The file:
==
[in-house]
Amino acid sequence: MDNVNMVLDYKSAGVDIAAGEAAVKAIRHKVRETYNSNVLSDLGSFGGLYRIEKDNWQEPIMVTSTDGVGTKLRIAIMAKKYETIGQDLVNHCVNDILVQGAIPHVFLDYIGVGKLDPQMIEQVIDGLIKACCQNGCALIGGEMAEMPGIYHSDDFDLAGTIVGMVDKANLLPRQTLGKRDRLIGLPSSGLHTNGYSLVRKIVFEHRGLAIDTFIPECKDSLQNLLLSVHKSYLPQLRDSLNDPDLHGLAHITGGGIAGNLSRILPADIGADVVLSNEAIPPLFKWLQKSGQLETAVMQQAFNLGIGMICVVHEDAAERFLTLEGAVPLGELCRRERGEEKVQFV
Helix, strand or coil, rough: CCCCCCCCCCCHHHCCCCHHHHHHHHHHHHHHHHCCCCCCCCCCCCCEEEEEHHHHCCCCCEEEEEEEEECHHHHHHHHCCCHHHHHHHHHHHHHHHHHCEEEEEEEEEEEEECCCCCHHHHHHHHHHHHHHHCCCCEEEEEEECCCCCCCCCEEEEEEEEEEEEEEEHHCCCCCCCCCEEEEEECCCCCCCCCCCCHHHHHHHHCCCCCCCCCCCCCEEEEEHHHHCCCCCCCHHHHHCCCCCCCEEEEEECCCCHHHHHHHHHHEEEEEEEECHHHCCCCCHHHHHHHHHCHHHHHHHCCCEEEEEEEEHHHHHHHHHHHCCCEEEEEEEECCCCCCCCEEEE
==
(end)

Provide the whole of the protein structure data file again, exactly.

[in-house]
Amino acid sequence: MDNVNMVLDYKSAGVDIAAGEAAVKAIRHKVRETYNSNVLSDLGSFGGLYRIEKDNWQEPIMVTSTDGVGTKLRIAIMAKKYETIGQDLVNHCVNDILVQGAIPHVFLDYIGVGKLDPQMIEQVIDGLIKACCQNGCALIGGEMAEMPGIYHSDDFDLAGTIVGMVDKANLLPRQTLGKRDRLIGLPSSGLHTNGYSLVRKIVFEHRGLAIDTFIPECKDSLQNLLLSVHKSYLPQLRDSLNDPDLHGLAHITGGGIAGNLSRILPADIGADVVLSNEAIPPLFKWLQKSGQLETAVMQQAFNLGIGMICVVHEDAAERFLTLEGAVPLGELCRRERGEEKVQFV
Helix, strand or coil, rough: CCCCCCCCCCCHHHCCCCHHHHHHHHHHHHHHHHCCCCCCCCCCCCCEEEEEHHHHCCCCCEEEEEEEEECHHHHHHHHCCCHHHHHHHHHHHHHHHHHCEEEEEEEEEEEEECCCCCHHHHHHHHHHHHHHHCCCCEEEEEEECCCCCCCCCEEEEEEEEEEEEEEEHHCCCCCCCCCEEEEEECCCCCCCCCCCCHHHHHHHHCCCCCCCCCCCCCEEEEEHHHHCCCCCCCHHHHHCCCCCCCEEEEEECCCCHHHHHHHHHHEEEEEEEECHHHCCCCCHHHHHHHHHCHHHHHHHCCCEEEEEEEEHHHHHHHHHHHCCCEEEEEEEECCCCCCCCEEEE